I’m Melting Away. . .

I knew Thailand would be hot. This isn’t me complaining or feeling sorry for myself, but I’ve been feeling weak and ill adapted as the season changes from hot to hotter (over 35 degrees without counting humidity), and I’m not even in the hottest area of the country. Some of my quirky thoughts on the matter are as follows:

  1. My opinion on best coffee shops are now very influenced by the quality of their air conditioning. If I can’t see myself cooling off in there, I choose somewhere else no matter how good the coffee is!
  2. I feel like I could legitimately pass out if I walk further than across the street and back between the hours of 11:00am and 5:00pm.
  3. A cold water bottle is a god-sent. I often buy new, cold water bottles instead of refilling my  used bottle with warmer water. I know it’s not environmentally friendly and I do feel guilty for it every time. Judge me if you will.
  4. When I walk into businesses in a sweat, the employees and I exchange a smile and light chuckle. Then, I express what limited Thai I know and say “Lon mak mak mak” which means very very very hot!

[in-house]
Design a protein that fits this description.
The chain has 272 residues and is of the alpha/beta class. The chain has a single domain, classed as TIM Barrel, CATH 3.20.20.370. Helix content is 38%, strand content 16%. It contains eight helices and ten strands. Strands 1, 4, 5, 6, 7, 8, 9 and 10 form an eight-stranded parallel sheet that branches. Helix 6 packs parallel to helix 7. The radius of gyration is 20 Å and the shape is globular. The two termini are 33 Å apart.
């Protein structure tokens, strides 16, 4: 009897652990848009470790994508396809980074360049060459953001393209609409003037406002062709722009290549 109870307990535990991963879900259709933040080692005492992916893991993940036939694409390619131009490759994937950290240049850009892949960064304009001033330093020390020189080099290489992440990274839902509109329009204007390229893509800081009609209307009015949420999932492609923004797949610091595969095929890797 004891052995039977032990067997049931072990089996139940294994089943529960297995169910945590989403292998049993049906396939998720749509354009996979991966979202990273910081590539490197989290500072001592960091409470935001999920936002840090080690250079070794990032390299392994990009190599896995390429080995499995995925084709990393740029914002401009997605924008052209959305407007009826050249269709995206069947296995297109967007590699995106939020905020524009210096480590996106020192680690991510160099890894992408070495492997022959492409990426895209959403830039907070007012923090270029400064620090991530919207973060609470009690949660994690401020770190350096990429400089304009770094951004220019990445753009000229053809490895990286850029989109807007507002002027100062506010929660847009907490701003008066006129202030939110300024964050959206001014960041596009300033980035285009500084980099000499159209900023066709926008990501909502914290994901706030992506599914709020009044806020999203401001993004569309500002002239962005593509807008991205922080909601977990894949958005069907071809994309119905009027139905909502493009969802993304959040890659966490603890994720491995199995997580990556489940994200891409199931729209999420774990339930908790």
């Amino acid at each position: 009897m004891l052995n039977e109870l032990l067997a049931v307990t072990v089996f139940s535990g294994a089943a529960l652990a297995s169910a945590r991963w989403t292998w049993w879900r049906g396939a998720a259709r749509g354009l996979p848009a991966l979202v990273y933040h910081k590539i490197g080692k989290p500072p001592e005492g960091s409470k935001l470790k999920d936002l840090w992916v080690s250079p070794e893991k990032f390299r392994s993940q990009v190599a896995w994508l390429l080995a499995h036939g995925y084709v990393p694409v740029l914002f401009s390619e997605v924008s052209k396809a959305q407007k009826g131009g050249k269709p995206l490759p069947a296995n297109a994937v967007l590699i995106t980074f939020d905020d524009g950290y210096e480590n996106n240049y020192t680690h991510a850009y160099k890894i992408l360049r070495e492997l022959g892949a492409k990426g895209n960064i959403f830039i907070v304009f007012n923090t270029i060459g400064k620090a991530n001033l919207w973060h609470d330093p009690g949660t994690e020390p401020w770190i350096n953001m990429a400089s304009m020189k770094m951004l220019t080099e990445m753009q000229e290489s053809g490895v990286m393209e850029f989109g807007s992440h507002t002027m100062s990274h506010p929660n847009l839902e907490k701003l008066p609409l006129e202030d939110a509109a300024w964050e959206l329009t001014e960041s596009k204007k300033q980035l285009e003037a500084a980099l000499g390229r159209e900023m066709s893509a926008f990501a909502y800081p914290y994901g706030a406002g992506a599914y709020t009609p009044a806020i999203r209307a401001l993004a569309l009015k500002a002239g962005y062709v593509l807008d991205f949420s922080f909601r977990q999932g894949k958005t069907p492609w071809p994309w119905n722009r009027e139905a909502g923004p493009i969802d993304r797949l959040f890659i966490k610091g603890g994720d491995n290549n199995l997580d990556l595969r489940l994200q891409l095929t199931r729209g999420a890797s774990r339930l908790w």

5. People walk around with umbrellas for reasons I now completely understand, the sun. People also manage to drive their motorcycles with one hand on the throttle and the umbrella in the other. Skill!
  6. I spend most of my days lately in varying ‘degrees’ (ha!) of discomfort and sweat.
  7. Cool night markets are very much appreciated
  8. My initial goal to travel south to the islands in April has now changed to going north to Pai and Chiang Mai where I can escape some of the heat.
  9. I take only hot showers. I quite literally cannot take a cold (or a lukewarm) shower. The water container gets too hot from being in the sun all day. On the bright side, the hot water cycle on the washing machine now happens ‘naturally’ and free of the extra charge.